In biogeography, particularly phytogeography, the nunatak hypothesis about the origin of a biota in formerly glaciated areas refers to the idea that some or many species have survived the inhospitable period on icefree land such as nunataks. Its antithesis is the tabula rasa hypothesis, which posits that all species have immigrated into completely denuded land after the retreat of glaciers.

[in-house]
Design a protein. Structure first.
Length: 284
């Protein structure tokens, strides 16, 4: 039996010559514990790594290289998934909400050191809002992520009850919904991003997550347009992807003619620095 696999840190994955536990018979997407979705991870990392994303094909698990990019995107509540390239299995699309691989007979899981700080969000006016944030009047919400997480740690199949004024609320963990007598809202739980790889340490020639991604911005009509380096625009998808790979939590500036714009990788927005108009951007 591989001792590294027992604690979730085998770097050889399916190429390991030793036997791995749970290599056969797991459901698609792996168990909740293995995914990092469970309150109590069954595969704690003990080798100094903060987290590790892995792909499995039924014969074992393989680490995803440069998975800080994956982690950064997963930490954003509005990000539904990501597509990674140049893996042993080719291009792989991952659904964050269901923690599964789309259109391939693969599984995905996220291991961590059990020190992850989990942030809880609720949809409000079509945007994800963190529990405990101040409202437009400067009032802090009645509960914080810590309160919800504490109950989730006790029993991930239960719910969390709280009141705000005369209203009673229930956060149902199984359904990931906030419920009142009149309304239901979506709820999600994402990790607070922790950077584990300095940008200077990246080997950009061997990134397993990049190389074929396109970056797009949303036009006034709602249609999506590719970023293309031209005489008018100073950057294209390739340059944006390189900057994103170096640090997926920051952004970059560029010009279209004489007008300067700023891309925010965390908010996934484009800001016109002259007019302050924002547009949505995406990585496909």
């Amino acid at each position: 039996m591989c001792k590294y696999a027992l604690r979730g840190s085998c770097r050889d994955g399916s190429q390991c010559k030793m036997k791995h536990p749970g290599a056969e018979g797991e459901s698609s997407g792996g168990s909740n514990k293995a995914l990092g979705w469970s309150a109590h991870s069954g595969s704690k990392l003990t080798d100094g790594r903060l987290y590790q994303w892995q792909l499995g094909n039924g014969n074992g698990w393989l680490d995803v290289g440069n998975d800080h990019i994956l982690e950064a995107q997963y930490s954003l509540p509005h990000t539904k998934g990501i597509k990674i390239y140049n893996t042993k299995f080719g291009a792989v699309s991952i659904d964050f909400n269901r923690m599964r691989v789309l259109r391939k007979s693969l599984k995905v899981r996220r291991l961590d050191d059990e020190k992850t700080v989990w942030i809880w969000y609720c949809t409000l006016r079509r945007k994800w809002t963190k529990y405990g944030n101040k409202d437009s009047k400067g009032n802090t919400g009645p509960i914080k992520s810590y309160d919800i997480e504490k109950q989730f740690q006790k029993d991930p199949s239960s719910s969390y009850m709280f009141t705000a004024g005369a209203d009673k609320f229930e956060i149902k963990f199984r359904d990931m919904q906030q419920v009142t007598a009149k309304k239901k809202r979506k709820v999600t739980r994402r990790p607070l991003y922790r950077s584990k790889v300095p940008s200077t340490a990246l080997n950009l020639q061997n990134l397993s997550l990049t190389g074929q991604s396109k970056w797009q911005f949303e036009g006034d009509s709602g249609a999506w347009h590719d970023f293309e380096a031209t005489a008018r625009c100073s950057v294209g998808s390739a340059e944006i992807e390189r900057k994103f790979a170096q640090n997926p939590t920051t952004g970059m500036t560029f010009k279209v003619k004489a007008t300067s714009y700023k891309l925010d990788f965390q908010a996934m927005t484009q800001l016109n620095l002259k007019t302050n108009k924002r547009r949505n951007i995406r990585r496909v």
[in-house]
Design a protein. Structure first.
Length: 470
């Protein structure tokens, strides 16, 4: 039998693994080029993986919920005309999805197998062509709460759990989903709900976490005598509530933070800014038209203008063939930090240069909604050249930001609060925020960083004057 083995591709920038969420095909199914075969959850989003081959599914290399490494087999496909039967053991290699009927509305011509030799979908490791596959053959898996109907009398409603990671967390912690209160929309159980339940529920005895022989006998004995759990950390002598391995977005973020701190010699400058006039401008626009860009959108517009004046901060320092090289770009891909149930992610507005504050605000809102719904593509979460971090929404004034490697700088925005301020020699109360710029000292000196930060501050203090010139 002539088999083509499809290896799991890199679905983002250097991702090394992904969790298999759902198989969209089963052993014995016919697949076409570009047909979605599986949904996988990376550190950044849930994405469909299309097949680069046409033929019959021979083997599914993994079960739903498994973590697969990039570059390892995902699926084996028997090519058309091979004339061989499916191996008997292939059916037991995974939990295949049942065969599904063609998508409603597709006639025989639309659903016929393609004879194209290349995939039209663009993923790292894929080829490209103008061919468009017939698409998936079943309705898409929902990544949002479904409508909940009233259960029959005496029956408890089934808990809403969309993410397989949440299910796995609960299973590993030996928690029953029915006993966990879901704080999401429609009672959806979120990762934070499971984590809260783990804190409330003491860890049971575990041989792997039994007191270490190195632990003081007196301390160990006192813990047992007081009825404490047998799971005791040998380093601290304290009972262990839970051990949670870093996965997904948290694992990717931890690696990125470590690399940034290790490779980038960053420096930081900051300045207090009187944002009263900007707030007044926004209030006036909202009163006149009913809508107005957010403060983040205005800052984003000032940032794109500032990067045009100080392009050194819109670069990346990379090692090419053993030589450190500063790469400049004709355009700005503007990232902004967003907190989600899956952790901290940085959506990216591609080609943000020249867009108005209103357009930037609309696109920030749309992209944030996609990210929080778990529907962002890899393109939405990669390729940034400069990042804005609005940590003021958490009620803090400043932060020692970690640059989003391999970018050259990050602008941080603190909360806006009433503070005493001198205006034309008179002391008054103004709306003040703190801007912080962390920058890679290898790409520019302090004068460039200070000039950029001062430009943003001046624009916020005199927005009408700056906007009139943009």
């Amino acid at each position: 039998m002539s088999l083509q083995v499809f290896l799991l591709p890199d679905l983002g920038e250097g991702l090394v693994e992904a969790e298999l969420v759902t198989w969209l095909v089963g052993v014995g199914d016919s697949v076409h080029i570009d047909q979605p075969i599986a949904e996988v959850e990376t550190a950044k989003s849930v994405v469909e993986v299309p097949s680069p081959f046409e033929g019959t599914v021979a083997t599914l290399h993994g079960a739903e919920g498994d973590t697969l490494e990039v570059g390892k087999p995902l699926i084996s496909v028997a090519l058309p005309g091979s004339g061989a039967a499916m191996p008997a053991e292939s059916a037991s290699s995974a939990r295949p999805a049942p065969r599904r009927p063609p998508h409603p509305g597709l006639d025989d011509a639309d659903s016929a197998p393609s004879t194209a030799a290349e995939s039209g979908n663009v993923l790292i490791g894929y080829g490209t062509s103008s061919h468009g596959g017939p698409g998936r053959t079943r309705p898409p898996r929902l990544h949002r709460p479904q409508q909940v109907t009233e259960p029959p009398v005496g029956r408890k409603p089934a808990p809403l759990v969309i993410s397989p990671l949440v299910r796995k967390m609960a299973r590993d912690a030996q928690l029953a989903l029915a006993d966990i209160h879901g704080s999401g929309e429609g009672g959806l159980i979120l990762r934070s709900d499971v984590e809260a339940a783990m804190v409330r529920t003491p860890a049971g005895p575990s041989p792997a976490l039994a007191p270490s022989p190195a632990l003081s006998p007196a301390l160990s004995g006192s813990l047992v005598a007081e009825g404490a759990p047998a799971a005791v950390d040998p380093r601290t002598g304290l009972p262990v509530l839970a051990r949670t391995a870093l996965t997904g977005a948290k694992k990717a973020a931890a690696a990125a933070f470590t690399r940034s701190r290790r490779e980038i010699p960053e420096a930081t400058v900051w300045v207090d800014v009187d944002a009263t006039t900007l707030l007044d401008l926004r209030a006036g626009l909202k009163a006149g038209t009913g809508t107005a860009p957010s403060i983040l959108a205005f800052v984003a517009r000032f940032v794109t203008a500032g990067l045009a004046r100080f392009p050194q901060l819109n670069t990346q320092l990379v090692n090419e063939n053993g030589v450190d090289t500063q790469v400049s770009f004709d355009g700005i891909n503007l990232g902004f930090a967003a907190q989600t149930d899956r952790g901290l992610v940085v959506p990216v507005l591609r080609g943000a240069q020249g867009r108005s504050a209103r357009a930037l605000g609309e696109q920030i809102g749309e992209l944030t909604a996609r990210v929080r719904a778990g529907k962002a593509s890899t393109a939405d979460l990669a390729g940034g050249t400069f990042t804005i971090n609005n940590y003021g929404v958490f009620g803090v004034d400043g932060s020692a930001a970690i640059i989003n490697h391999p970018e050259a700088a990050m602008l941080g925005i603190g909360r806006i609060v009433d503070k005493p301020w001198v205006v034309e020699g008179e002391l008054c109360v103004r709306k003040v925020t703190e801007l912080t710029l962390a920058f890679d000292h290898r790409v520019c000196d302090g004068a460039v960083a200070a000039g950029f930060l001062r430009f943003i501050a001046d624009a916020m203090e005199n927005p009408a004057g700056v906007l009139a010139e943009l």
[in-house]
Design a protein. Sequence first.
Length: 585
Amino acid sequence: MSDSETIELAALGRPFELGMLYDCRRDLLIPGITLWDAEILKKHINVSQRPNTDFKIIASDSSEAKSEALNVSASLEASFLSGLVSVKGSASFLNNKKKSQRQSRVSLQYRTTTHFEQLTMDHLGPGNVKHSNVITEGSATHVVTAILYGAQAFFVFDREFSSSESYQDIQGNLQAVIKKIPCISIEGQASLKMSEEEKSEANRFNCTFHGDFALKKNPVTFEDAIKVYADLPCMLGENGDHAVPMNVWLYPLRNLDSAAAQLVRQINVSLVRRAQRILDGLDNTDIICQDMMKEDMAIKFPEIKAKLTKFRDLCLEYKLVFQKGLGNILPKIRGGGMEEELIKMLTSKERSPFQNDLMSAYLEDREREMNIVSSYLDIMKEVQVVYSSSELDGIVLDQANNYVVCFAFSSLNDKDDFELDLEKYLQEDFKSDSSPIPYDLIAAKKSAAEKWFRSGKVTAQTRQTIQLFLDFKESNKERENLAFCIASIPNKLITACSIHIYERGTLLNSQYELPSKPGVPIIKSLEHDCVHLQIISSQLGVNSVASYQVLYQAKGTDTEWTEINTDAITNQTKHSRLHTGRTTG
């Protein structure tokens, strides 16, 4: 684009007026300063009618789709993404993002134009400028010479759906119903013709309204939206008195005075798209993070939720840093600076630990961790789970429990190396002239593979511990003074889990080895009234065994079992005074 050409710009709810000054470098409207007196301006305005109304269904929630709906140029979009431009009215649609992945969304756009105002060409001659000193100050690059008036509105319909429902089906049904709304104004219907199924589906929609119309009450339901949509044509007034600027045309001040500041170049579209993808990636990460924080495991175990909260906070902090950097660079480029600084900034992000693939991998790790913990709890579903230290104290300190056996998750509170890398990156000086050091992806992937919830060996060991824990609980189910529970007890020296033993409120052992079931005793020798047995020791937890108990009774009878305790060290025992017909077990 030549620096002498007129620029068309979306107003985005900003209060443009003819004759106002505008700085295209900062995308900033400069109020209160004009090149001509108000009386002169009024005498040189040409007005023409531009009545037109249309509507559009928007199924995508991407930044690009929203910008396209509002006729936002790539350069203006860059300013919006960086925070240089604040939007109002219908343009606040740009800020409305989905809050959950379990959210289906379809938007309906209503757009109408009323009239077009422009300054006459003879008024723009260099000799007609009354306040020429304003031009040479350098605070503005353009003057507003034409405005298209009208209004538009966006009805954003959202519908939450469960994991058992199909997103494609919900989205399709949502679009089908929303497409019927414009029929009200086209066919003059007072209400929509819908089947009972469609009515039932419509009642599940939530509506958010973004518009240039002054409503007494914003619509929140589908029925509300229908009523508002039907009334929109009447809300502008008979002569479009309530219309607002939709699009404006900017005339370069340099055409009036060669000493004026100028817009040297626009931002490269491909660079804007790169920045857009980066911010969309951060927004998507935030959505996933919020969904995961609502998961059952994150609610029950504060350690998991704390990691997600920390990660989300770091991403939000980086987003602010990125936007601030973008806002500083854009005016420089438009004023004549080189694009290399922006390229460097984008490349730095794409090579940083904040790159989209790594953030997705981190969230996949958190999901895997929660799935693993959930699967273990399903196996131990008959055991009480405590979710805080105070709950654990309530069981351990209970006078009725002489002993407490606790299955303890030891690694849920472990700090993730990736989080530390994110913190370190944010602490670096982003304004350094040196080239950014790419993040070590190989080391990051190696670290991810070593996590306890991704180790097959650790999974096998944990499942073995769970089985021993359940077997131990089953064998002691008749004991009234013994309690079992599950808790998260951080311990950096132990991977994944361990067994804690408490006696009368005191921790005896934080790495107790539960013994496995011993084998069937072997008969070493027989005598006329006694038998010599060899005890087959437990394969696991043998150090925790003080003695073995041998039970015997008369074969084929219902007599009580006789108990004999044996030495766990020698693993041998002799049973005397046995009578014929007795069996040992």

By the mid-20th Century, the nunatak hypothesis was widely accepted among biologists working on the floras of Greenland and Scandinavia. However, while modern geology has established the presence of icefree areas during the last glacial maximum in both Greenland and Scandinavia, molecular techniques have revealed limited between-region genetic differentiation in many Arctic taxa, strongly suggesting a general capacity for long-distance dispersal among polar organisms. This does not directly disprove glacial survival. But it makes it less necessary as an explanation. Moreover, populations that survived on icefree land have probably in most cases been genetically flooded by postglacial immigrants.